Curated by Susanna Greeves
18 October 2022 – 21 January 2023
White Cube Paris
By appointment only. Please contact firstname.lastname@example.org to arrange a visit.
The dystopian world created by influential science fiction author Octavia E. Butler (1947−2006) in her prescient Parables novels opens in 2024 in an America devastated by climate change and corporate greed, where a Christian-fundamentalist brand of fascism is taking hold. ‘Earthseed’ is both how the central character, Olamina, refers to all human beings, and the name that she gives the movement she founds amidst the ruins of civilisation. Earthseed is a matriarchal cult, a philosophy and a manual for survival: ‘God is Change’, Olamina pronounces, and it is only through malleability and adaptability that we can take control of that inexorable change and resist chaos and victimhood. Humans – Earthseed − contain the potential to escape our self-engineered destruction and instead ‘take root among the stars’. The works in this exhibition resonate with the notion of travel to outer space and inner space, in different ways considering the female body as a site of transformation as well as a portal for the imagination.
Looking to the distant past as well as the future, Marguerite Humeau locates the roots of our spiritual sensibility entangled with the origins of human consciousness and speculates on our scope for evolution. Julie Curtiss' disquieting surrealist representation of femininity hints at secret rituals while suggesting a post-human hybridity and adaptation. Loie Hollowell’s work, taking shape from the female body, celebrates the miracle that is human reproduction, in a language of forms that reference earth, seed and cosmos.
In making her Venus sculptures Marguerite Humeau looks back 150 thousand years to a time when Mitochondrial Eve, our most recent common matrilineal ancestor, is thought to have lived. Taking the theory that early humans may have ingested animal brains for their psychoactive effects, Humeau imagines how these consciousness-expanding experiences might have triggered the social changes that set us on a different path from that of other primates. Cast in bronze or carved in stone, her hybrid forms merge the hemispheres of the brain with the contours of the female body, acting as anatomical guide for a female shaman as well as a totemic focus for spiritual ecstasy. A series of dense, diagrammatic works (Brain Earth, Future Exile, both 2019) see the artist grappling with the same questions as Olamina: Does escape lie beyond Earth? Can human ingenuity compensate for human self-destructiveness? What change can humankind undergo without losing its humanity?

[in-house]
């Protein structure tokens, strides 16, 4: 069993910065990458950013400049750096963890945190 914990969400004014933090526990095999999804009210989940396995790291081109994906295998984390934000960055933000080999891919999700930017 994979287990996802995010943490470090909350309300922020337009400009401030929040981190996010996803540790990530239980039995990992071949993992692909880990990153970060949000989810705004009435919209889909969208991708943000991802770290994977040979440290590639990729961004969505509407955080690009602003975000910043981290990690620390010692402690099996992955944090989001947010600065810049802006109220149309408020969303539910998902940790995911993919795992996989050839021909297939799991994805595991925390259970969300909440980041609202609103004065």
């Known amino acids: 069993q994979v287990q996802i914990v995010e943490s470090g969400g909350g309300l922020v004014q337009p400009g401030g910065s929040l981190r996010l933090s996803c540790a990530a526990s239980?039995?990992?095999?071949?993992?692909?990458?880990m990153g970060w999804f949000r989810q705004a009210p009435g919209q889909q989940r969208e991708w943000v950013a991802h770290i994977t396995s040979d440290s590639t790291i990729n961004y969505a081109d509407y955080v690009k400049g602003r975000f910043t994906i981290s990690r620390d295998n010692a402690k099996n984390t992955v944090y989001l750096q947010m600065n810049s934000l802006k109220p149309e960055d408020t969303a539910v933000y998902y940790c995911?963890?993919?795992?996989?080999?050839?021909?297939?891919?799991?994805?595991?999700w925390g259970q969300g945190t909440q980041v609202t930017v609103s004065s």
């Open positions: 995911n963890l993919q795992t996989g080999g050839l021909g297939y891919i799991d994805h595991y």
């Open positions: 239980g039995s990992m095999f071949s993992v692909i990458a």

Working during lockdown, Loie Hollowell started replacing the abstract shapes of the mandorla, ogee and lingam that until then had characterised her work with forms cast directly from her own breasts and pregnant belly, as well as those of pregnant friends. Softly radiant, isolated from their relation to the body and arranged in symmetries referencing tantric art, these organs become a focus for a meditation on the mysteries of childbirth. While titles such as Ten Centimetres (2022) and Blue Crowning (2021) relate to birth as an intense physical event, their composition centres the belly as a floating circle, mystical symbol of unity and completeness that represents the earth, the celestial sphere, and the concentrated promise of an egg or seed. The unusually intricate Belly, breast, face, brain, milk ducts, placenta (2022) suggests a circuit of interdependent growth and connection, one organ seeming both to nourish and take nourishment.
As in classical mythology and in science fiction, metamorphosis is common in Julie Curtiss’ world, and categories of flesh and hair, human and animal are not fixed. Altered States (2021), shares a title with Ken Russell’s 1980 sci-fi body horror film, in which a scientist’s attempts to unlock other states of consciousness through sensory deprivation and hallucinogens leading to actual physical devolution, sees him regress to animal and even amorphous states of matter. The feathery figures in Curtiss’ painting, set under a columned loggia reminiscent of Fra Angelico’s Annunciation (c.1440−45), are composed of hundreds of meticulously detailed cockroaches. The pair shown in a retro-futuristic spa in Bathsheba (2021), their seated poses echoing Rembrandt’s painting of the same subject, also have bodies transposed into another material, in this instance coils of hair. Again, we are placed in the position of spying on mysterious and intimate feminine rituals. Curtiss’ exquisite gouache on paper works depict female figures in sensual encounters with the natural world, scenes that might be prelapsarian or postapocalyptic.